Study of sources and fates of environmental pollutants; environmental quality standards--their measurement and regulation; and pollution control design procedures. Three lecture hours a week for one semester. Prerequisite: Upper-division standing within the major or consent of department.

CHE 359. Energy Technology and Policy.

Technology and policy related to energy supply and demand, oil and gas production, coal utilization, hydrogen production, fuel cells, transportation, nuclear power, solar and wind energy, biomass utilization, energy conservation, and climate change. Three lecture hours a week for one semester. Only one of the following may be counted: Chemical Engineering 359, 379 (Topic: Energy Technology and Policy), 384 (Topic: Energy Technology and Policy).

CHE 360. Process Control.

Analysis of process dynamics and methods for the design of automatic control systems for chemical process plants. Three lecture hours and one to two recitation hours a week for one semester. Prerequisite: Chemical Engineering 322, 253M, and 354 with a grade of at least C- in each.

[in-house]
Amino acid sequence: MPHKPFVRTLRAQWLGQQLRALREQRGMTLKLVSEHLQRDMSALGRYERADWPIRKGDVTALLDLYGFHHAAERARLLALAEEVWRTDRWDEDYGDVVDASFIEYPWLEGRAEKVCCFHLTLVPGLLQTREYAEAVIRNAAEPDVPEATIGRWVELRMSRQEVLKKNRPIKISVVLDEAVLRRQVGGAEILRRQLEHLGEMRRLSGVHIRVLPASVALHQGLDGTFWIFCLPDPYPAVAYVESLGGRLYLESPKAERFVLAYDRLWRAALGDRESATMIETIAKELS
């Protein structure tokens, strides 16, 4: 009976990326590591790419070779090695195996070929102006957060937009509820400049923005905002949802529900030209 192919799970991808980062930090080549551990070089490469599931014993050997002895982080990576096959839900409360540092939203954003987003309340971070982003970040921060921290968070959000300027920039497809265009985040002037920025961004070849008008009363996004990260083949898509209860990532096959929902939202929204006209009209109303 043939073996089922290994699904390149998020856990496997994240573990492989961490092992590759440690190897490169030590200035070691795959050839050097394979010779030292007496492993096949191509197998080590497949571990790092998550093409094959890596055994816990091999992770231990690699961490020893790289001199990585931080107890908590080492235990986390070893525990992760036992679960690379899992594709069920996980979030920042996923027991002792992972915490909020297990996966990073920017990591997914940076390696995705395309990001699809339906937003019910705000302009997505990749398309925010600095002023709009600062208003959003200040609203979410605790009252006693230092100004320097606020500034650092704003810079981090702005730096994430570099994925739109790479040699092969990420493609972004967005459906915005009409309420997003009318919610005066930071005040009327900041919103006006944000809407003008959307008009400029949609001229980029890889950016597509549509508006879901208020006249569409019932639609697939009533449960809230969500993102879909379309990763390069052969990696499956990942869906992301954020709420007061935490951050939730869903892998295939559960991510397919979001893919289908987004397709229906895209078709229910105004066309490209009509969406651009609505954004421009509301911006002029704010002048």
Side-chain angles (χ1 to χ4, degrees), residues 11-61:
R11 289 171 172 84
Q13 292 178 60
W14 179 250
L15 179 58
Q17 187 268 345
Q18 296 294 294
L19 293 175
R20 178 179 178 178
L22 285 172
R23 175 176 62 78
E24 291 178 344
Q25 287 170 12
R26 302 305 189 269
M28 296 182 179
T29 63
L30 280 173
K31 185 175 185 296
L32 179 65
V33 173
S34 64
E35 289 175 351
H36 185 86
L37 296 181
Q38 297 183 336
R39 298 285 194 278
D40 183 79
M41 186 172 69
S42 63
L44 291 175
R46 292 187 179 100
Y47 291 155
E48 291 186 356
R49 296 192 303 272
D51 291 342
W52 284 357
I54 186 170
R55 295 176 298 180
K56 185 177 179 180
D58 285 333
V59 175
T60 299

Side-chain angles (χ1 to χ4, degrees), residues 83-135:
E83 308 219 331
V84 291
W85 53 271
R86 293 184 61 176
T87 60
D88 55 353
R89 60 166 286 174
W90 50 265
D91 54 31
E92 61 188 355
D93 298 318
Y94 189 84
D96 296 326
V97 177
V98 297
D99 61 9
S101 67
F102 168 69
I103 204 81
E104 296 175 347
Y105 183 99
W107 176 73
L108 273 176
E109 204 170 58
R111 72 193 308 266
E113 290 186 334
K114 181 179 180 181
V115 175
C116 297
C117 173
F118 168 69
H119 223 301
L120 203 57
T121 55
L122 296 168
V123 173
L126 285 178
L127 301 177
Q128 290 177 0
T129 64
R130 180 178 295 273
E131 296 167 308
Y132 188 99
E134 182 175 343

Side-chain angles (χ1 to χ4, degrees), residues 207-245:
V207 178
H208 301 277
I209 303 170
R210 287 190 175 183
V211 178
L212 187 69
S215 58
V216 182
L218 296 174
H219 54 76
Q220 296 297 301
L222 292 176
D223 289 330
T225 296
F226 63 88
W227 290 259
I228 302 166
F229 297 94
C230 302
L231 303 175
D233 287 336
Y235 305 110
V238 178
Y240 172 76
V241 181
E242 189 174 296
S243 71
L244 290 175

CHE 363. Separation Processes and Mass Transfer.

Design and analysis of equilibrium and mass transfer based on separations such as absorption, chromatography, crystallization, distillation, extraction, and membrane-based processes. Three lecture hours and one to two recitation hours a week for one semester. Chemical engineering majors must make a grade of at least C- in this course. Prerequisite: Chemical Engineering 319 (or 353) and 322 with a grade of at least C- in each.